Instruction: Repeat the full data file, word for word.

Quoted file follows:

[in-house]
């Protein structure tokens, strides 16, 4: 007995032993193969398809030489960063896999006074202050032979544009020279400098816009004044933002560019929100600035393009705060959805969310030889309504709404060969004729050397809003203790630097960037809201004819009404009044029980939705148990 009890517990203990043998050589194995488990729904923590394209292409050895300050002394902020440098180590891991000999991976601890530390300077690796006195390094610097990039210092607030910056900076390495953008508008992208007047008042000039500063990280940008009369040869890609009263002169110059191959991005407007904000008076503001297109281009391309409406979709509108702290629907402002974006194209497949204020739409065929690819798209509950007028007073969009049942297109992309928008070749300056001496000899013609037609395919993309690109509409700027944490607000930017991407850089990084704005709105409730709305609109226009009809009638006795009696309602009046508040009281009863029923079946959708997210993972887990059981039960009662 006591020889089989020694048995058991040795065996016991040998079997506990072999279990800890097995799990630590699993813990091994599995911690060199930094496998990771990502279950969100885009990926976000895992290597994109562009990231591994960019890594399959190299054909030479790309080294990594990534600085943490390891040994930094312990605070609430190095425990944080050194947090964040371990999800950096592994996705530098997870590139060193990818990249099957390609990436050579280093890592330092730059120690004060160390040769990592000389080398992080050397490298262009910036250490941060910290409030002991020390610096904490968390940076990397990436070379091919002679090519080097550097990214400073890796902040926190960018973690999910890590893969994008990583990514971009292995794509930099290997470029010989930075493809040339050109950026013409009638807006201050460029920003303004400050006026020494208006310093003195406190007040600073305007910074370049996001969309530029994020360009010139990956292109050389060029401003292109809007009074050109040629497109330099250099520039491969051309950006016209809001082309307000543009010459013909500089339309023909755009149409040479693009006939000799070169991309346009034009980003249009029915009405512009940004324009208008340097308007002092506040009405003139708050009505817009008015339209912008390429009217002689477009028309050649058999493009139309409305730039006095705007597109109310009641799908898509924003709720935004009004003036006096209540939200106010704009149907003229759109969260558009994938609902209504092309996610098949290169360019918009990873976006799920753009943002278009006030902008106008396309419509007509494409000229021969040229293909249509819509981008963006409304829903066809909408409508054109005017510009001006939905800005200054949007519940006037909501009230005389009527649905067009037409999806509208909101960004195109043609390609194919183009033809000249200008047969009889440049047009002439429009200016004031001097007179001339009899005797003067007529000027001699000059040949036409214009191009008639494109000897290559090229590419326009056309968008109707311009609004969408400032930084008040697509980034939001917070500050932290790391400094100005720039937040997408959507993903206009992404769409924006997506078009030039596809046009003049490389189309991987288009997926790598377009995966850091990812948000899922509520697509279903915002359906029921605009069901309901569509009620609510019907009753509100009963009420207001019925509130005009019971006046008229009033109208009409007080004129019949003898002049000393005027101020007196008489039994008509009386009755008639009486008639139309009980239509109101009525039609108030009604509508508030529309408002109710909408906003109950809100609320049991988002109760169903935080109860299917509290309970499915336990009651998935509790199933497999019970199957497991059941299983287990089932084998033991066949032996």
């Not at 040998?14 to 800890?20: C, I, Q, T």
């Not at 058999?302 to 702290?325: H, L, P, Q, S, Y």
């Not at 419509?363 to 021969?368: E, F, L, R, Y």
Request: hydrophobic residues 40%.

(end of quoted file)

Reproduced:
[in-house]
């Protein structure tokens, strides 16, 4: 007995032993193969398809030489960063896999006074202050032979544009020279400098816009004044933002560019929100600035393009705060959805969310030889309504709404060969004729050397809003203790630097960037809201004819009404009044029980939705148990 009890517990203990043998050589194995488990729904923590394209292409050895300050002394902020440098180590891991000999991976601890530390300077690796006195390094610097990039210092607030910056900076390495953008508008992208007047008042000039500063990280940008009369040869890609009263002169110059191959991005407007904000008076503001297109281009391309409406979709509108702290629907402002974006194209497949204020739409065929690819798209509950007028007073969009049942297109992309928008070749300056001496000899013609037609395919993309690109509409700027944490607000930017991407850089990084704005709105409730709305609109226009009809009638006795009696309602009046508040009281009863029923079946959708997210993972887990059981039960009662 006591020889089989020694048995058991040795065996016991040998079997506990072999279990800890097995799990630590699993813990091994599995911690060199930094496998990771990502279950969100885009990926976000895992290597994109562009990231591994960019890594399959190299054909030479790309080294990594990534600085943490390891040994930094312990605070609430190095425990944080050194947090964040371990999800950096592994996705530098997870590139060193990818990249099957390609990436050579280093890592330092730059120690004060160390040769990592000389080398992080050397490298262009910036250490941060910290409030002991020390610096904490968390940076990397990436070379091919002679090519080097550097990214400073890796902040926190960018973690999910890590893969994008990583990514971009292995794509930099290997470029010989930075493809040339050109950026013409009638807006201050460029920003303004400050006026020494208006310093003195406190007040600073305007910074370049996001969309530029994020360009010139990956292109050389060029401003292109809007009074050109040629497109330099250099520039491969051309950006016209809001082309307000543009010459013909500089339309023909755009149409040479693009006939000799070169991309346009034009980003249009029915009405512009940004324009208008340097308007002092506040009405003139708050009505817009008015339209912008390429009217002689477009028309050649058999493009139309409305730039006095705007597109109310009641799908898509924003709720935004009004003036006096209540939200106010704009149907003229759109969260558009994938609902209504092309996610098949290169360019918009990873976006799920753009943002278009006030902008106008396309419509007509494409000229021969040229293909249509819509981008963006409304829903066809909408409508054109005017510009001006939905800005200054949007519940006037909501009230005389009527649905067009037409999806509208909101960004195109043609390609194919183009033809000249200008047969009889440049047009002439429009200016004031001097007179001339009899005797003067007529000027001699000059040949036409214009191009008639494109000897290559090229590419326009056309968008109707311009609004969408400032930084008040697509980034939001917070500050932290790391400094100005720039937040997408959507993903206009992404769409924006997506078009030039596809046009003049490389189309991987288009997926790598377009995966850091990812948000899922509520697509279903915002359906029921605009069901309901569509009620609510019907009753509100009963009420207001019925509130005009019971006046008229009033109208009409007080004129019949003898002049000393005027101020007196008489039994008509009386009755008639009486008639139309009980239509109101009525039609108030009604509508508030529309408002109710909408906003109950809100609320049991988002109760169903935080109860299917509290309970499915336990009651998935509790199933497999019970199957497991059941299983287990089932084998033991066949032996």
């Not at 040998?14 to 800890?20: C, I, Q, T």
């Not at 058999?302 to 702290?325: H, L, P, Q, S, Y």
């Not at 419509?363 to 021969?368: E, F, L, R, Y």
Request: hydrophobic residues 40%.